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How to solve a problem like the hospitality skills crisis

The sector needs to attract skilled workers & not just fill gaps: "This is where the real work starts" says Michael Johnson head of the accommodation industry

The hospitality skills shortage is not a new struggle, only exacerbated by the pandemic that highlighted how heavily the sector relies on international students and working holidaymakers. And with many Aussies not attracted to the industry (recent research revealed it’s one of their least desirable job choices) there is no quick fix. 

But industry leaders are working hard to change this…

Earlier this month in his speech at AHICE, Tourism Accommodation Australia NSW CEO and acting CEO of the Accommodation Association, Michael Johnson acknowledged that the skills crisis remains an issue for our industry.

And while the industry has been through so many challenges in the last few years, things are beginning to look up.

Michael Johnson, Tourism Accommodation Australia NSW CEO and acting CEO of the Accommodation Association

He said: “They look relatively great in fact. But the reality is, despite all the effort we are now essentially back to where we started when it comes to skills and jobs.

“We have stopped the bleeding, but the original wound is still there. This is where the real work starts.”

He explained, from the moment the pandemic hit, Australia began to lose tens of thousands of international students, working holidaymakers, and temporary skilled visa holders who were front and back-of-house workers.

“They were told to go home by the government of the day and they were unable to return and couldn’t be replaced,” he said.

“Before the pandemic, almost 630,000 international students and 150,000 Working Holiday Makers (WHM) were employed each year in Australia, many of them worked in our hotels and restaurants right across the country 

“As restrictions and rolling lockdowns began to bite deeper we began to lose local workers as well.”

Our latest AccomNews print issue is available now. Read it HERE

However, when things began to open up again, the shortage of workers across the country hampered the sector’s recovery.

“Hotels simply couldn’t get chefs, cooks, and bar staff, many had to close bistros, reduce operating hours, or shut on certain days. Many still do,” Mr Johnson said.

“Hotels did not have enough housekeeping staff to clean rooms daily and had to run with a skeleton staff and reduce hours at a time they sorely needed revenue.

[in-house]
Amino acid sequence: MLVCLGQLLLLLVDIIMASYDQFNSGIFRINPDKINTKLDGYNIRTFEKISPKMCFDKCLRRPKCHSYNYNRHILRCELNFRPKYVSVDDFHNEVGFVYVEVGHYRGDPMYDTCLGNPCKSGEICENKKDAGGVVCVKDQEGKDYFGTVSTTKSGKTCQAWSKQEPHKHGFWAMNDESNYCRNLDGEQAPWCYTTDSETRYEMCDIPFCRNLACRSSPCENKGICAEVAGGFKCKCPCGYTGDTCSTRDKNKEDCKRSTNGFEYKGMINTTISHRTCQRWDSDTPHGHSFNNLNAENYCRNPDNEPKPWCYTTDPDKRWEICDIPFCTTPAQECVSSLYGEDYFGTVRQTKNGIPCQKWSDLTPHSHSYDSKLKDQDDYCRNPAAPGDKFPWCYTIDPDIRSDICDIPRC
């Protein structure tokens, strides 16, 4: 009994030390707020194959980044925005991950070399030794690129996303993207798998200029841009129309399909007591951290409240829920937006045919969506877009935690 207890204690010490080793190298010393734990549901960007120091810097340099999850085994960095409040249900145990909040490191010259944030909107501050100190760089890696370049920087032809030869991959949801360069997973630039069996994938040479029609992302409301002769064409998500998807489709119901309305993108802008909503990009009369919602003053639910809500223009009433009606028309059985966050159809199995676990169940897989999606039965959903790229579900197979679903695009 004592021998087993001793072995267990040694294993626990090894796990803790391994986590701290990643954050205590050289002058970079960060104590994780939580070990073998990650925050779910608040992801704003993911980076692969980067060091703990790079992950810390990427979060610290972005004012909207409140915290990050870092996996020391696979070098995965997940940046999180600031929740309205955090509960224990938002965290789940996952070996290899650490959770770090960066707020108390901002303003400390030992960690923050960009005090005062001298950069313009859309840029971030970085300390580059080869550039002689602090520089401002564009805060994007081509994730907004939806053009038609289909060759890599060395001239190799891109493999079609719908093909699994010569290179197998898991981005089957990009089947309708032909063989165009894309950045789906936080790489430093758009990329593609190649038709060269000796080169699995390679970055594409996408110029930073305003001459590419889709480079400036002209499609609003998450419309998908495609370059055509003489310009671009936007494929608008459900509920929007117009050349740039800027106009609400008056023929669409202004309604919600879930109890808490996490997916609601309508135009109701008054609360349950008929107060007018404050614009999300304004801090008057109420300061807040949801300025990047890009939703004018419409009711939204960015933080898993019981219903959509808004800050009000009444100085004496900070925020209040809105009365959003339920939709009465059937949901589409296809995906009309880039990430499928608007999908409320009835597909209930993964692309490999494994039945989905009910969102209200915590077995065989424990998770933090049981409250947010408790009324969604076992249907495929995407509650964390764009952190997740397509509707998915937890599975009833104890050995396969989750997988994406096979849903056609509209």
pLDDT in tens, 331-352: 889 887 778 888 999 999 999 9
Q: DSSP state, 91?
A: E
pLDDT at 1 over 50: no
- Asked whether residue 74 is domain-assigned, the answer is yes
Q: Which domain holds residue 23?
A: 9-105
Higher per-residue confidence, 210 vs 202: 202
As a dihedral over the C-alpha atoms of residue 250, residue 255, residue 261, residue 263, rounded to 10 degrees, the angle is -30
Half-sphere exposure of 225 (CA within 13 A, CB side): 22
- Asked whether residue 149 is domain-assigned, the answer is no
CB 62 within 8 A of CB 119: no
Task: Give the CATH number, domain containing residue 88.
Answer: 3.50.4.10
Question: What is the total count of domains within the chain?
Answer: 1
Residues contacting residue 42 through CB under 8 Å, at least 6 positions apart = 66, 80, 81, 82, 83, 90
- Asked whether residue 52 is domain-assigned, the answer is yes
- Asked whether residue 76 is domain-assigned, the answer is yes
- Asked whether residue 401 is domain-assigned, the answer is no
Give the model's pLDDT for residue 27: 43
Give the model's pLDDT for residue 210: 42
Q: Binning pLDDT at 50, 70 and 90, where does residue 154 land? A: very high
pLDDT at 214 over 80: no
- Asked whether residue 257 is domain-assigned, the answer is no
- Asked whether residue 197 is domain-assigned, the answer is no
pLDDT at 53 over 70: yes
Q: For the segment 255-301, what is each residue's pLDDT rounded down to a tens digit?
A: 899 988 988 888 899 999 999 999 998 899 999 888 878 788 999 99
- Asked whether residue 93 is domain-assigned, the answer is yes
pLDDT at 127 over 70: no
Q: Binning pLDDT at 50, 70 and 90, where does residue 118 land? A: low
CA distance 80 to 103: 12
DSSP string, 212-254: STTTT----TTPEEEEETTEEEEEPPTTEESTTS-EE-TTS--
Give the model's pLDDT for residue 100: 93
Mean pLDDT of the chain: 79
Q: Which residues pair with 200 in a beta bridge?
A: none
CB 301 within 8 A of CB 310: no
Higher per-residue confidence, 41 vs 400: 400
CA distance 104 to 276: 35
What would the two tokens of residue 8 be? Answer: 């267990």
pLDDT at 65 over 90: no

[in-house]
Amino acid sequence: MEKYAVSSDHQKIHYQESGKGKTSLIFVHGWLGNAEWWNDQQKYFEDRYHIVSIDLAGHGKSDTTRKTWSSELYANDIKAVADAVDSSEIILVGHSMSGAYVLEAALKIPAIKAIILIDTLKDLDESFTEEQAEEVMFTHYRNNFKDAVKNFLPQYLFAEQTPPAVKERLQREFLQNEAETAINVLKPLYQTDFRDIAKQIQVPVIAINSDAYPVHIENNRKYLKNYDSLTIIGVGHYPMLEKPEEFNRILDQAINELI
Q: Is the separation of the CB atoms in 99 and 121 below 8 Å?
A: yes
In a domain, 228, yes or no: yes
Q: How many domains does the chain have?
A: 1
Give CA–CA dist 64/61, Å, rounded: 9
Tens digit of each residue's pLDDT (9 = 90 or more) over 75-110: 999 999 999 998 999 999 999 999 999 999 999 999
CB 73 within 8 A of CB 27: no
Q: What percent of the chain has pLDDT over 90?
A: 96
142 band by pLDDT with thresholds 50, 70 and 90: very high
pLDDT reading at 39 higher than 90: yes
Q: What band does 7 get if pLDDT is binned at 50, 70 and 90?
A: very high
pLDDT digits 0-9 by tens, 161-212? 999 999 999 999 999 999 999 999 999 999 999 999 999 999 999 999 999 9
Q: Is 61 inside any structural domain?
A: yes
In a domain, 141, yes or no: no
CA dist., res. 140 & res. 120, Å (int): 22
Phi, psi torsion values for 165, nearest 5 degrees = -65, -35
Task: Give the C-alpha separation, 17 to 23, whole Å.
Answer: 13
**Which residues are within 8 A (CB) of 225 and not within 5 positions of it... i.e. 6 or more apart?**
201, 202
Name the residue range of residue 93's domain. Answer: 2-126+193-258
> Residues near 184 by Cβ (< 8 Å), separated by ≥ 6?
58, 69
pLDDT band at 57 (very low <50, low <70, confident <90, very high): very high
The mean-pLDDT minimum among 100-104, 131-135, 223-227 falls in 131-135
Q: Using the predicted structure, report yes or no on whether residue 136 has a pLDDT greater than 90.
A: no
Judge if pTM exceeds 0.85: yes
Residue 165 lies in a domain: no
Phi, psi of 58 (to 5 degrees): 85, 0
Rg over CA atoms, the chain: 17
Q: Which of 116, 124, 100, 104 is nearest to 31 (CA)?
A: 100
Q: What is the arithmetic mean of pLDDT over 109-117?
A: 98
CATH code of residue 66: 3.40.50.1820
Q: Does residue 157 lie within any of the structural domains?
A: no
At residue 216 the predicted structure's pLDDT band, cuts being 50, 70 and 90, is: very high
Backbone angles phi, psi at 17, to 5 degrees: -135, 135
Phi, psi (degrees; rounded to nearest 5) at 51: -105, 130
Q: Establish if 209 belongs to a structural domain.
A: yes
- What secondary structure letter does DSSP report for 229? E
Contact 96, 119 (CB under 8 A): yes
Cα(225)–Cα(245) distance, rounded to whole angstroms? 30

“By February 2022 there were more than 100,000 positions vacant across the hospitality sector and no single, quick way to fix the problem.”

Last year TAA/AHA and AA focused efforts on getting overseas workers back to Australian shores to fill the gaps, and to reduce the huge backlog of visa applications. Last July there was a backlog of 959,000 unresolved applications, with processing timelines blowing out to more than 19 months for half of all potential migrants seeking to come to Australia.

The newly elected Albanese Government committed $36.1M to employ 500 staff in the home affairs department to help clear the backlog. The result is that today the number of unresolved visa applications has almost halved to below 550,000.

Other incentives were helpful for the hospitality sector. Last year, working holidaymakers arriving in Australia were eligible for a refund of their visa applications- saving visa holders around $500.

AdobeStock By Jonathan Stutz

“We also lobbied for The Temporary Skilled Migration Income Threshold (TSMIT) to be increased at a level that will not inadvertently exclude occupations in the accommodation and hospitality industry which might otherwise be eligible for skilled migration,” Mr Johnson said.

“Home Affairs Minister Claire O’Neil advised as of July 1 the TISMIT will be raised from $53,900 to $70,000. Much less than the union demands of $90,000. Some still think it’s too high, but we will be keeping a close eye on this situation – particularly the impact on rural and regional areas.

“It’s pleasing to see our ongoing efforts in conjunction with the government have borne fruit.

Mr Johnson added that there are now more than 139,000 working holidaymakers and 583,000 international students back in Australia- roughly 93 percent of pre-COVID levels.

Leanne Harwood with Michael Johnson at AHICE 2023